She kept telling herself she didn’t need a husband. “It’ll be my baby.”

Little did she know how hard her path to motherhood would turn out to be.

 

Gloria Chueca Puerto-Mendoza holds Lola Luz on a recent morning in their home in Bremerton.  (Erika Schultz/The Seattle Times)
Gloria Chueca Puerto-Mendoza holds Lola Luz on a recent morning in their home in Bremerton. (Erika Schultz/The Seattle Times)

 

‘Being a mom was just ingrained’

In many ways, Gloria hadn’t realized how much she wanted children until she was told she might not be able to. She is part of a big, sprawling family with roots in Honduras as well as Bremerton, where she grew up. She has nine siblings, including half-siblings, and stepsiblings, and attentive aunts and uncles.

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(Ken Lambert / The Seattle Times)
(Ken Lambert / The Seattle Times)

“It’s our culture, we’ve been a tight family, always had brothers and sisters — being a mom was just ingrained — ‘inculcado,’ ” she said.

She quit her job at Sears and became a certified nursing assistant, working long 72-hour rotations in clients’ homes, and saving as much money as she could.

After researching her options, she decided to pursue intrauterine insemination (IUI), a slightly less expensive and less invasive fertility treatment than in vitro fertilization. For IUI, a doctor places sperm — often from a donor — inside a woman’s uterus.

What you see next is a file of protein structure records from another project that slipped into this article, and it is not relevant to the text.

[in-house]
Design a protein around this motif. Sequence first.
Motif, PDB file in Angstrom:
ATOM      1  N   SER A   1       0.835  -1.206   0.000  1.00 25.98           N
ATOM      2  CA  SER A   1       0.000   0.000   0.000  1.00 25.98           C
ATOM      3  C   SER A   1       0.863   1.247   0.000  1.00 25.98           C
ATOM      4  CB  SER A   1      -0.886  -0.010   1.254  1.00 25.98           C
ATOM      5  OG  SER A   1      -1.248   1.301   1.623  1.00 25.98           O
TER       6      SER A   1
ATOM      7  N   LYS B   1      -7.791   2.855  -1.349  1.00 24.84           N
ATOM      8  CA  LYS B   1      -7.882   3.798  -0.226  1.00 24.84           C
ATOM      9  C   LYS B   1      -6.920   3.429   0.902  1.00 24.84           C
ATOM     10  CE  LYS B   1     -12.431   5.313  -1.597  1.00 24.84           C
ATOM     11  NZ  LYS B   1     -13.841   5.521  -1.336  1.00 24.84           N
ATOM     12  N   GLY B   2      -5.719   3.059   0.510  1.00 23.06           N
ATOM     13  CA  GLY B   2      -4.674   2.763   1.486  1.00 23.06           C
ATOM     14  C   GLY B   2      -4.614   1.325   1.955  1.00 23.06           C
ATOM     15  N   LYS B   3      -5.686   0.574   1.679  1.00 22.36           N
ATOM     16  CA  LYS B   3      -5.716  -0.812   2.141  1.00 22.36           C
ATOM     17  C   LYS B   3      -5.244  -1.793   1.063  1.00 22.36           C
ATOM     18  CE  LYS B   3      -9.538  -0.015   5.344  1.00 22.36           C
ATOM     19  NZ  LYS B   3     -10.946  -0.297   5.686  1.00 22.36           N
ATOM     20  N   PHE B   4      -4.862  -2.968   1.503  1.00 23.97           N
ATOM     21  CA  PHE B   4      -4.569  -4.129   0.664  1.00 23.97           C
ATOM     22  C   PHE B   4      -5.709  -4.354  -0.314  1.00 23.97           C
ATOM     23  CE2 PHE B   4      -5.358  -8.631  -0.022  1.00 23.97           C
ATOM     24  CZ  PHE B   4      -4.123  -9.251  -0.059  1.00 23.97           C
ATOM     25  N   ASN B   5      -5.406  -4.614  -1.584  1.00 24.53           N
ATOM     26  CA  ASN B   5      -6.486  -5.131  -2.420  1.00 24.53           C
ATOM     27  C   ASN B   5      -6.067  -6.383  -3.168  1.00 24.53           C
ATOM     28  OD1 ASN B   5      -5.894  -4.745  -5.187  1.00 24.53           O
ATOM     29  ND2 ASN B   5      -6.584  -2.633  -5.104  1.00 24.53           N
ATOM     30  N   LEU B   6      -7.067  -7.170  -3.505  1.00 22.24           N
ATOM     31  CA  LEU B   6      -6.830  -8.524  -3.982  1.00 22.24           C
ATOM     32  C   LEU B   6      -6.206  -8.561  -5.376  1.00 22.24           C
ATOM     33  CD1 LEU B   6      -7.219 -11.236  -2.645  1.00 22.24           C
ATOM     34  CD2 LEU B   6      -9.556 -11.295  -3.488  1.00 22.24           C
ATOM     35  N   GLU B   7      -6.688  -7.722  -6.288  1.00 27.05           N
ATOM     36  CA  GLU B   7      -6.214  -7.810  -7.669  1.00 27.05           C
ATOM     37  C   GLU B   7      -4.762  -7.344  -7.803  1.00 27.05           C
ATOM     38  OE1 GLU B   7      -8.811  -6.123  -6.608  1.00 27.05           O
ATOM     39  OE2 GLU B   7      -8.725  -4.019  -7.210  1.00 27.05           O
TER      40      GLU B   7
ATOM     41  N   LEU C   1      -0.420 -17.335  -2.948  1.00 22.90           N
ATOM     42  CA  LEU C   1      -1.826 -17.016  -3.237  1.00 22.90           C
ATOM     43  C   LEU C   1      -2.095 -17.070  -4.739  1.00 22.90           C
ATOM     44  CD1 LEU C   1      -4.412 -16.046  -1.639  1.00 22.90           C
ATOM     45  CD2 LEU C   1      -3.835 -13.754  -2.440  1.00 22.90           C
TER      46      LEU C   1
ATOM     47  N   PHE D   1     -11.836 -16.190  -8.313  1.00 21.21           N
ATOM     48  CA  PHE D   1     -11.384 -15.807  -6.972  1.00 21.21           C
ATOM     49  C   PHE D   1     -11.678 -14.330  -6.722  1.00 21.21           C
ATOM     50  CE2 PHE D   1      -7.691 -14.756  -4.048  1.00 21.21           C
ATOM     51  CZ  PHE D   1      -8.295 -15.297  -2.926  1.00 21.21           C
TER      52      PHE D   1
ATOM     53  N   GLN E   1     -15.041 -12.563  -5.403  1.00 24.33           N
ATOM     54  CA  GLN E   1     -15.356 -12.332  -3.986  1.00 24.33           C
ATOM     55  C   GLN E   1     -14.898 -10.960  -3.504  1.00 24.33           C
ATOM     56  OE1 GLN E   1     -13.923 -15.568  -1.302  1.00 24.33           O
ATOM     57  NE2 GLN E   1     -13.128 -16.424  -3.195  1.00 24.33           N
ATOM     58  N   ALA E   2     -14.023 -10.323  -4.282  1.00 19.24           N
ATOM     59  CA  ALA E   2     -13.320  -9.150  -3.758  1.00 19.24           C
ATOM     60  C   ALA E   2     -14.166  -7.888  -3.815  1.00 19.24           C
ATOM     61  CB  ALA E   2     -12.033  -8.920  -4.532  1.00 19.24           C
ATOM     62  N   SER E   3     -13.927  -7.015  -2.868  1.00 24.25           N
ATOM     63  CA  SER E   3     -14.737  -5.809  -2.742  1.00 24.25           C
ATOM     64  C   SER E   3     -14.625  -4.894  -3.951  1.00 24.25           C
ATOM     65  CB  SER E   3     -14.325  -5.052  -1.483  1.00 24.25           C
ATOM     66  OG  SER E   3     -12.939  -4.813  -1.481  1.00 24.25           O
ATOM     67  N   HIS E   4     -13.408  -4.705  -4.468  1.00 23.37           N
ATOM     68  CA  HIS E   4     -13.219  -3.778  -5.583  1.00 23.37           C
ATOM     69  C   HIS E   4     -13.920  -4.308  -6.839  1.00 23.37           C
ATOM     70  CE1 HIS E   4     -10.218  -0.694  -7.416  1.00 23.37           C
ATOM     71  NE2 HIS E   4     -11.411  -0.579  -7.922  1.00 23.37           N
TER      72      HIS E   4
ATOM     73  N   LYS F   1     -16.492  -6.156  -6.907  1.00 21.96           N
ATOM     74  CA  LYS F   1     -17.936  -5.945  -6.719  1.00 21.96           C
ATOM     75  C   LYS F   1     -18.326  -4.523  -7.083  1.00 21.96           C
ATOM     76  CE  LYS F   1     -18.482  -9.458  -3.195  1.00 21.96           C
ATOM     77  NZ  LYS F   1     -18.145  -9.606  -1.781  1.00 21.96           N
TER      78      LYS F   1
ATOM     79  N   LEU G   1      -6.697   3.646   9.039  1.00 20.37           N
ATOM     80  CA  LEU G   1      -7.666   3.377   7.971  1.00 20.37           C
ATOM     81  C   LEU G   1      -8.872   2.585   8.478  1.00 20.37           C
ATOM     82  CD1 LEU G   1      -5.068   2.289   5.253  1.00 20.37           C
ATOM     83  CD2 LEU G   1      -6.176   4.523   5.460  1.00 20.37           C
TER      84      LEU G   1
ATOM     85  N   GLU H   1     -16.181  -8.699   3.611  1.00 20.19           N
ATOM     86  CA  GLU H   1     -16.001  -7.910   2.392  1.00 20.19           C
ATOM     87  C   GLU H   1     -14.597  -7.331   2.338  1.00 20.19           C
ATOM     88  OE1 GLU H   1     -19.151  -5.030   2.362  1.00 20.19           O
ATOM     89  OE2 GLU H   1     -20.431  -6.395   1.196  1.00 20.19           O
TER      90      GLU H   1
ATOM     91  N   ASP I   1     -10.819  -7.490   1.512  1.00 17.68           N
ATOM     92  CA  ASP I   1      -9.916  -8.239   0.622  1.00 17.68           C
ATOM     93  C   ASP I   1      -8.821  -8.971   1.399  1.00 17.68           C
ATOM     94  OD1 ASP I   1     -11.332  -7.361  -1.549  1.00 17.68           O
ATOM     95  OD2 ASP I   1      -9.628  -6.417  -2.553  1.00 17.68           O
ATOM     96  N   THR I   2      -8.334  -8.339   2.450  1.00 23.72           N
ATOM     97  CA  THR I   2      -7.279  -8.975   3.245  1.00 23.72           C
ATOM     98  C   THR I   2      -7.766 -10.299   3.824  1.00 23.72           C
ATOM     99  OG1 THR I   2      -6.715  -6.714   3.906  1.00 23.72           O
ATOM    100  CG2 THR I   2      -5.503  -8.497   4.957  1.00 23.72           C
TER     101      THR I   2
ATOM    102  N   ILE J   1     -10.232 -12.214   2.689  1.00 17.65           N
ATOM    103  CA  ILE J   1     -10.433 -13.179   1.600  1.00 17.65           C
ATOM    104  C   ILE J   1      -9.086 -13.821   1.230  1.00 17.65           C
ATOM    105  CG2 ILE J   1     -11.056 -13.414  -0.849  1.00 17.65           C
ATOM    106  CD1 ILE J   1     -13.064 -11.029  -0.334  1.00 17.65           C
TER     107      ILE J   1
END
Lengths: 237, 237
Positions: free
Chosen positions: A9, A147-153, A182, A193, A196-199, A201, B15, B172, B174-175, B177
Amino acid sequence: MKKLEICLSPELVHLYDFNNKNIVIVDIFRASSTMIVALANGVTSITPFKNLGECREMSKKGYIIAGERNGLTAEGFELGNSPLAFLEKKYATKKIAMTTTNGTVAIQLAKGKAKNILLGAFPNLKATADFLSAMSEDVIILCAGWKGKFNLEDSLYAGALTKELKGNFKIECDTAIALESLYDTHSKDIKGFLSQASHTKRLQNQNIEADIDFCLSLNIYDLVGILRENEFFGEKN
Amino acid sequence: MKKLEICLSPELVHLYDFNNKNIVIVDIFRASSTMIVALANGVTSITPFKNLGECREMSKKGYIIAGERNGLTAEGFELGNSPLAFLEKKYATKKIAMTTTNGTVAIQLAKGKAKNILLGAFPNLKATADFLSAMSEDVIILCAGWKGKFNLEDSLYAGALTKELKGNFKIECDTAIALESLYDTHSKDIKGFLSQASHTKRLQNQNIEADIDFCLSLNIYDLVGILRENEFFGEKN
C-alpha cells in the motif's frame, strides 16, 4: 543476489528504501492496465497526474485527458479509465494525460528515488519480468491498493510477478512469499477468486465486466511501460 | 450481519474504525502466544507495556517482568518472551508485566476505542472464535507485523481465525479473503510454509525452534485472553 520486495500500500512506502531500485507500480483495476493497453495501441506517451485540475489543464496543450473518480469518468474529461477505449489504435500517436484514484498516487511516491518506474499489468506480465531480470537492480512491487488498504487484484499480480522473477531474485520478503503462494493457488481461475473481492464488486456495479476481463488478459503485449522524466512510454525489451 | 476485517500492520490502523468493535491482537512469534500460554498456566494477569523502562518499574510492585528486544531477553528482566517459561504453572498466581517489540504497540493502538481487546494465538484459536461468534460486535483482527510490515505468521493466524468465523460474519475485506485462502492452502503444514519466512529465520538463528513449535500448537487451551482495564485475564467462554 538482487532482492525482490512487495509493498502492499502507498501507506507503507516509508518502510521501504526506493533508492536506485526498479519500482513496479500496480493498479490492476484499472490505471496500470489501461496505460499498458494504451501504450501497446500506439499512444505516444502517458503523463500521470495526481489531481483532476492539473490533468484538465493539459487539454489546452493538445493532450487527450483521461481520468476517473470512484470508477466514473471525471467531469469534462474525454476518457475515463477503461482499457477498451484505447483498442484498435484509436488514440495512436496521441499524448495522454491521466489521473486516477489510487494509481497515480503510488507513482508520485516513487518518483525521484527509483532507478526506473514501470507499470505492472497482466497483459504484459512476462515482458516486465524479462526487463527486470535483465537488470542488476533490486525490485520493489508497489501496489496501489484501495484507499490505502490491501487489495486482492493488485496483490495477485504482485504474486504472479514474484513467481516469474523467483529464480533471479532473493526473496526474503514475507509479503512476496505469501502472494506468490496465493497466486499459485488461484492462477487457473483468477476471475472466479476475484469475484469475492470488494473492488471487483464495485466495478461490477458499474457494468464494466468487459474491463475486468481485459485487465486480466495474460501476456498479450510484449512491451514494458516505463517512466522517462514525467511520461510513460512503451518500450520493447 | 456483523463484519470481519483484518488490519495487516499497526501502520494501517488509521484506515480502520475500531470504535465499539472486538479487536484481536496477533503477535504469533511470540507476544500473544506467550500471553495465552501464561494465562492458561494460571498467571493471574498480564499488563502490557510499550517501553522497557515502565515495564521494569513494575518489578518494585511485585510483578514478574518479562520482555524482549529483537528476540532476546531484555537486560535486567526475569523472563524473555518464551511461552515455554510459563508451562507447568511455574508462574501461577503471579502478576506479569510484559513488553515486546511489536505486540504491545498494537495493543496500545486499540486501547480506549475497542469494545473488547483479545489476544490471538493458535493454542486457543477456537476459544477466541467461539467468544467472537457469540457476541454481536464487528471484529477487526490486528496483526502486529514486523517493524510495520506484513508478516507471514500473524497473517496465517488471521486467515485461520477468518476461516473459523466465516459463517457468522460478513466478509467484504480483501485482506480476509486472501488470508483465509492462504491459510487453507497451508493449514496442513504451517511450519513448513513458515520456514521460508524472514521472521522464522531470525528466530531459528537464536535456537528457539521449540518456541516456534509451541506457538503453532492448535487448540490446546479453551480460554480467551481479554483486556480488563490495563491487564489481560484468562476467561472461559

By the time she was 25, she had saved enough to try IUI four times.

The first time she injected herself with the fertility drugs, it felt like someone was shooting hot fire into her stomach. A few days later, a doctor used a catheter to place sperm in her uterus. Then a 10-day wait started.

The first time — no baby. Still hopeful, she tried again, but no luck. After the third, she was mentally and emotionally exhausted, worried she should have put her money toward adoption instead.

“In three months, like $6,000 was gone,” she said, “and I had nothing to show for it.”

She decided to give up — until her dad, her closest confidant, sat her down.

“You’ve made it so far,” he told her, reminding her she’d spent four years getting to this point.

She took a monthlong break, then tried again with the fourth, and last, vial.

 

Lola’s growing footprints are displayed, month by month, on a poster at UW Medical Center’s neonatal intensive care unit. Her mother, Gloria Chueca Puerto-Mendoza, tried to make the room look like home, hanging framed photos and decorations of milestones.  (Erika Schultz/The Seattle Times)